Benefits: Boost your aerobic fitness, endurance and lower leg power

  1. Imagine (or draw in chalk) a straight line on the floor
  2. Stand to one side of the line with the feet close together, knees soft
  3. You are going to jump from one side of the line to the other in short, sharp little movements as if to replicate the change in terrain while skiing on the slopes
  4. Keep going for 45 seconds. 



Finally, it's important to remember to stretch. The exercises we have completed will put stress on the muscles in order to help them develop. It's as important to help remove the 'stress tension' at the end of the workout to promote an increased range of movement. This will help you skiing no end... Better mobility will help you ski better! 

Quadricep Stretch (Hold for 60 seconds)

Benefit: Stretches the front of the thighs and hip flexor muscles which tighten when skiing

  1. Sit on your knees with an upright, straight posture - If, at this stage, the stretch in the legs is enough, leave it here 
  2. If you would like to progress the stretch to look like the picture above, lean back with your arms supporting you
  3. Relax your neck, arms and shoulders
  4. If necessary, gently squeeze your buttock muscles... This should ease the hips forward and increase the stretch 
  5. Close the knees for a deeper stretch

Hamstring Stretch (Hold for 60 Seconds)

Benefit: Increases flexibility on the back of the thighs

  1. Sit upright on a bench or a chair and place one leg in front of you with the knee straight
  2. With good posture, gently ease the chest forward until you feel a stretch on the back of the leg (and possibly the calf) 
  3. Breathe easily and hold the stretch 


Glute Stretch (Hold for 60 seconds)

Benefit: Stretches the buttock muscles

  1. Sit upright on the floor and bend the knees as in the picture above
  2. Maintaining an upright spine, gently ease your chest toward the floor
  3. If you can get your chest to your knee or face to the floor, great! If not, no problem, take it slowly and stop wherever you feel a good stretch... Please do not force it!
  4. Remember to change sides and repeat both legs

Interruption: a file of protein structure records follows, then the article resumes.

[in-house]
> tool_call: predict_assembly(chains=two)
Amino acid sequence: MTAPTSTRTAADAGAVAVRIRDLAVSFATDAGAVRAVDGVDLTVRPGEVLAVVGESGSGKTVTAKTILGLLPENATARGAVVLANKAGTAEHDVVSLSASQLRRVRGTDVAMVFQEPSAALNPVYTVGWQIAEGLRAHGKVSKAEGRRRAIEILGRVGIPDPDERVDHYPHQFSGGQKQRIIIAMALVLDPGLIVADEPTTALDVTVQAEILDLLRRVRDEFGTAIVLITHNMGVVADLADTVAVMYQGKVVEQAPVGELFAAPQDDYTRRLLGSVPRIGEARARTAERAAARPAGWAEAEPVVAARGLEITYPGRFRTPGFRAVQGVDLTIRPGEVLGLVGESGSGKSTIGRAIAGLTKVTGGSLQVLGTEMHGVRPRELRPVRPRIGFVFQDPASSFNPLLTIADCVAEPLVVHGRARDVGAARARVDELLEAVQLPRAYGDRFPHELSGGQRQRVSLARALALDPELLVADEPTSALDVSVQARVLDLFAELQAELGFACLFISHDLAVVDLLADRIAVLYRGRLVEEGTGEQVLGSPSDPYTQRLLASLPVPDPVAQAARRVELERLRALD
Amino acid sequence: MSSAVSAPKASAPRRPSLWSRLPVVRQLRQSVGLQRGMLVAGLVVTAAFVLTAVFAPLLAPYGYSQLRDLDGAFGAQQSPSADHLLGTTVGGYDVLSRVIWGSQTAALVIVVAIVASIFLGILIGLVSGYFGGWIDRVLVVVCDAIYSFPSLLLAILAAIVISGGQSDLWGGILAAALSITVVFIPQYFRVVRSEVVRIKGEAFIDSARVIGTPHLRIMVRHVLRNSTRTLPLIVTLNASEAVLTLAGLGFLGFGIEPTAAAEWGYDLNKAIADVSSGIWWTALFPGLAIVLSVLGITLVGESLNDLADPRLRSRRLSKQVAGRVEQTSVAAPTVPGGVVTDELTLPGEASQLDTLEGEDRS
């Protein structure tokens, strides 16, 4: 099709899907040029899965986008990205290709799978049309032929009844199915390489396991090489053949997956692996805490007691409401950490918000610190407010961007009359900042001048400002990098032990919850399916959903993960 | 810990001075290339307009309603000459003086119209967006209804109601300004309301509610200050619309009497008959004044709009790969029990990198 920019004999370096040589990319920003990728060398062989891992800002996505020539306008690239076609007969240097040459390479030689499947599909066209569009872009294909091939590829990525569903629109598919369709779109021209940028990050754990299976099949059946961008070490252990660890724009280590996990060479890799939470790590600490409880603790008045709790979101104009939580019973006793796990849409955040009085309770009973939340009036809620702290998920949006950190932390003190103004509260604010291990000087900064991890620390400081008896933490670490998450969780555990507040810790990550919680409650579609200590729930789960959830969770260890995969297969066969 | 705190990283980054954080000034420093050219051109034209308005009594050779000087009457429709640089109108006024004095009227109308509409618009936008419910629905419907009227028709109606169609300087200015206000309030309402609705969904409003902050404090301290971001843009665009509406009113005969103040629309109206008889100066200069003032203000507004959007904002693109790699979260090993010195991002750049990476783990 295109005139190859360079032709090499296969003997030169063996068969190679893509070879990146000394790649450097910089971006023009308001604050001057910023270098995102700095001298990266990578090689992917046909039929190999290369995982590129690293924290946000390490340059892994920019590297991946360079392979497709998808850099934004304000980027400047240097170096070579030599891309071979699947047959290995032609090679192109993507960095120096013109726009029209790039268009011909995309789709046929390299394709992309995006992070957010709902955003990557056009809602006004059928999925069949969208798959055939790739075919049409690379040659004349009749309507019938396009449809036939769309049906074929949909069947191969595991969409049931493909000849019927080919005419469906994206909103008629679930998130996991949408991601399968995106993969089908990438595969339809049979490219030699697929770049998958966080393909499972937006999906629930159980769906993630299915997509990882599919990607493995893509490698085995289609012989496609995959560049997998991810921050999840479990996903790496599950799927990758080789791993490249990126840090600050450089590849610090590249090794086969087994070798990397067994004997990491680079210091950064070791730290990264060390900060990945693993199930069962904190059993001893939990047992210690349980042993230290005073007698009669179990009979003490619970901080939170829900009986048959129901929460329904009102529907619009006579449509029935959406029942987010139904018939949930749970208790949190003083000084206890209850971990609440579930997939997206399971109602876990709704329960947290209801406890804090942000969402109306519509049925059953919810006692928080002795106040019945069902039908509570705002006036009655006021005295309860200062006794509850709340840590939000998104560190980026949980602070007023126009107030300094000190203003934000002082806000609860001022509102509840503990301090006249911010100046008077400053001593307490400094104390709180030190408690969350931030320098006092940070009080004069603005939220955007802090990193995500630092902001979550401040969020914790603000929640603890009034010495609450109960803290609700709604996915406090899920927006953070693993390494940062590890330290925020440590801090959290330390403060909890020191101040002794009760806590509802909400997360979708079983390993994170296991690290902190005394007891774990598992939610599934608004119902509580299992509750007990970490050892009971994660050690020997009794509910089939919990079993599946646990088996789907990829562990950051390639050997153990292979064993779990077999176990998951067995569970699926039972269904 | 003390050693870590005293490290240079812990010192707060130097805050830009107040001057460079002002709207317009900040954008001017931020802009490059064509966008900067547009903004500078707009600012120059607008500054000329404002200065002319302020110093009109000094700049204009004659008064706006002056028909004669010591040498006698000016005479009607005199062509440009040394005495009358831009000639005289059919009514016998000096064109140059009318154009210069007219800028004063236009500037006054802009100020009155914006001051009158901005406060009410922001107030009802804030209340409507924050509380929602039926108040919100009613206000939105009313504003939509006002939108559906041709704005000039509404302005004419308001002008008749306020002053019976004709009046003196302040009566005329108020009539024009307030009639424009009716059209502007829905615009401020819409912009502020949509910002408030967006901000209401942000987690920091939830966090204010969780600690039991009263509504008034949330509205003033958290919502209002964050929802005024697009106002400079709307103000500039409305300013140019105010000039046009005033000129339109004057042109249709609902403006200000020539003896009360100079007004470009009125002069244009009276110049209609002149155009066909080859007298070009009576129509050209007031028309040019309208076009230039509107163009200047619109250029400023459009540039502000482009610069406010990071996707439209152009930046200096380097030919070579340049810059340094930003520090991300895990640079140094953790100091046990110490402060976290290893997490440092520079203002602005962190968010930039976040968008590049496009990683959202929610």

Core and Hip Stretch (Hold for 60 Seconds)

Benefit: Stretches the whole mid-section and is great if you have a tight lower back

  1. Lay on the floor on your back
  2. Keep one leg straight and lift the other side knee toward your chest
  3. Turn the hips to the side to rotate the lower body - The 'inside' of the knee you lifted should lower toward the floor
  4. Take the closest hand and hold the knee in place
  5. Aim to keep the opposite side shoulder down and relaxed
  6. Breathe easily and repeat on the other side after 60 seconds has passed



Straight Sets

Now you have the skiing specific exercises, the next question I normally get asked is how to structure the workout. You should, of course, perform the warm-up first and the stretches at the end regardless of the format you decide to follow.

You will notice all the exercises have a number of sets and reps to perform (For example; 2 x 15 reps).  You can either perform the number of reps I have prescribed for an exercise, wait no more than 45 seconds to rest and then repeat the same exercise to complete the prescribed number of sets before you move on to the next exercise. This style of training is called Straight Sets. This approach is great for beginners and those new to resistance training. 

Circuit Training

The next approach is more of an endurance circuit training style workout. This time you take all the exercises as a list and work through them one by one, keeping rest time minimal between exercises. This is a much more challenging way of working out but is fantastic for endurance and aerobic fitness and will really pay off when skiing on the slopes. 

If you choose to do it this way, you will be completing three circuits. You may notice, however, I have only prescribed two sets for some exercises in which case you can leave them out of the third circuit (of course, you can still include them if you are feeling really fit). 

I hope you find the workout useful and it helps you on your quest to increase your ski fitness this season. I would love to hear how you found the workout and your 'ski fitness' stories - Please share in the comment section below.